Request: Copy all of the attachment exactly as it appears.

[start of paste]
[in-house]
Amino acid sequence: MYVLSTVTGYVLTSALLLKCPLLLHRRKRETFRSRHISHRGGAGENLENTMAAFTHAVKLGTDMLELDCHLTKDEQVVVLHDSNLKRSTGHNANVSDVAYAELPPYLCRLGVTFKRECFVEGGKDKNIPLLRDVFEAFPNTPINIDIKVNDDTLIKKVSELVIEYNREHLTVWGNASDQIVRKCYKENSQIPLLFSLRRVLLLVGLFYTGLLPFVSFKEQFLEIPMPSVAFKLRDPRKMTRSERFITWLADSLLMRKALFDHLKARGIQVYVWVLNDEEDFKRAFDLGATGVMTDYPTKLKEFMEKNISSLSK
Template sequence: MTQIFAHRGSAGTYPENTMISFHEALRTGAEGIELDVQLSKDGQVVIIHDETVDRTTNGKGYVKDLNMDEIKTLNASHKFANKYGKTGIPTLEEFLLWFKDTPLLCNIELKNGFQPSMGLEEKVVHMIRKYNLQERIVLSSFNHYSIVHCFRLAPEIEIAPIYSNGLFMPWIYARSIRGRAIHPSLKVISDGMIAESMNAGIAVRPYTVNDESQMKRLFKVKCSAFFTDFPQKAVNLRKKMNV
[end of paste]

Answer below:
[in-house]
Amino acid sequence: MYVLSTVTGYVLTSALLLKCPLLLHRRKRETFRSRHISHRGGAGENLENTMAAFTHAVKLGTDMLELDCHLTKDEQVVVLHDSNLKRSTGHNANVSDVAYAELPPYLCRLGVTFKRECFVEGGKDKNIPLLRDVFEAFPNTPINIDIKVNDDTLIKKVSELVIEYNREHLTVWGNASDQIVRKCYKENSQIPLLFSLRRVLLLVGLFYTGLLPFVSFKEQFLEIPMPSVAFKLRDPRKMTRSERFITWLADSLLMRKALFDHLKARGIQVYVWVLNDEEDFKRAFDLGATGVMTDYPTKLKEFMEKNISSLSK
Template sequence: MTQIFAHRGSAGTYPENTMISFHEALRTGAEGIELDVQLSKDGQVVIIHDETVDRTTNGKGYVKDLNMDEIKTLNASHKFANKYGKTGIPTLEEFLLWFKDTPLLCNIELKNGFQPSMGLEEKVVHMIRKYNLQERIVLSSFNHYSIVHCFRLAPEIEIAPIYSNGLFMPWIYARSIRGRAIHPSLKVISDGMIAESMNAGIAVRPYTVNDESQMKRLFKVKCSAFFTDFPQKAVNLRKKMNV